By William Lee
Tribune Game Editor
8:00 PM EST, February 24, 2014
Gamers who pick up "Thief," out Tuesday on the four major consoles will get the undeniable sense that they've played this game before even if they're unfamiliar with this 16-year-old PC franchise.
That's likely because Thief is an amalgam of stealth games you've likely played at some point during the last 10 years. This reboot of the popular series is a liberal mix of the Batman Arkham games, Splinter Cell, Assassin's Creed with a splash of Tomb Raider.
That's not to say that this steampunk tale of cunning and dark magic isn't enjoyable, even if the storyline and direction isn't always as crisp and the game contains some very familiar (err cliche) character archtypes.
The folks at Eidos Montreal and it’s publisher Square Enix are hoping to resurrect the pioneering stealth game that puts you in control of Garrett, a sullen, somewhat melancholy master thief lurking in the shadows of an impoverished and plague-infected Victoria-era London clone known only as “The City.”
Armed with a bow, trick arrows and other concealable weaponry, the leather-clad rogue slinks across rooftops, down drainpipes and through dark alleys, stealing unattended jewels and picking change purses from unsuspecting guards. Stolen loot can be used to purchase weapons, supplies or additional skills to perfect Garrett's thievery.
Early in the game, things go haywire for Garrett and his headstrong protege Erin when they happen onto a dark ritual during their last job together.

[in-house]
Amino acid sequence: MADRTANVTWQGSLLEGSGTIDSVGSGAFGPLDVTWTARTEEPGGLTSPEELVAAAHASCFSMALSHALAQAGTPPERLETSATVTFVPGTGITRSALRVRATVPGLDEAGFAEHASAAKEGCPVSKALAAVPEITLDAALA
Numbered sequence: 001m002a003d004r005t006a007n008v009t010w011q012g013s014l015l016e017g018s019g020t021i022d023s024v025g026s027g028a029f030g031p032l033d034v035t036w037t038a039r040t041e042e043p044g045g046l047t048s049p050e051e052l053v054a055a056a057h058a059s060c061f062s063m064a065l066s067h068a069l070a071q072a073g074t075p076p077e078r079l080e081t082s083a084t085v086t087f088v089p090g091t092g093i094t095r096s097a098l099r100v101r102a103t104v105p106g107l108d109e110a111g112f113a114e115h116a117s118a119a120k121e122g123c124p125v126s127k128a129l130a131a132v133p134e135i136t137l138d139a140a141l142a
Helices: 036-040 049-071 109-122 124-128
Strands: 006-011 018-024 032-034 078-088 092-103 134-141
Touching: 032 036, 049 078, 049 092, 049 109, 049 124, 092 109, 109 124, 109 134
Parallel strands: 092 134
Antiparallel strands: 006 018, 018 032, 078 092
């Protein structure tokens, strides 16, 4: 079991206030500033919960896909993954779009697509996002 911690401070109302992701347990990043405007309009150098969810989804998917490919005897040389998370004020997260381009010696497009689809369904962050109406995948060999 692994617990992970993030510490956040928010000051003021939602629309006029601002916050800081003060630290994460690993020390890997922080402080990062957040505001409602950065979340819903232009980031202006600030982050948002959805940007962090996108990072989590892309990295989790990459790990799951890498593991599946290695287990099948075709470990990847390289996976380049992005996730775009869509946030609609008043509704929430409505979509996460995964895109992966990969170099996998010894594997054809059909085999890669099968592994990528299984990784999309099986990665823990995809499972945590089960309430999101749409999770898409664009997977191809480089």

Because Thief is about traveling undetected, players will have to make good use of the ample shadow offered in the game without being spotted and alerting the guards. Stealth is often the best choice, too, as the game's combat system doesn't feel as fluid and comfortable as the other games in the genre.
The game does include timed "chain and gain" and "special loot hunt" challenges that will improve a player's technique.
The game is beautifully rendered, effectively capturing the grit and grime of the bygone era. But, at least as far as the Xbox One version, the graphics are only slightly better than what you would expect from the Xbox 360 console.
The game also has some intriguing characters, including the blind, but well-informed Queen of Beggars and the ruthless General (a digitized dead ringer for Daniel Day-Lewis' Daniel Plainview character in "There Will Be Blood"). But the story may not bring the suspense, unpredictability or sense of urgency that games like Splinter Cell offer. Moreover, gamers will may find themselves mindlessly veering from one objective to the next without any sense of personal involvement.
Those familiar with the earlier Thief games may appreciate that the new game retains its PC feel, even on the consoles, while die-hard stealth fans may love customizing the game's difficulty level, removing some of Garrett's advantages and putting guards on higher alert. But others may not find "Thief" nearly as fascinating.
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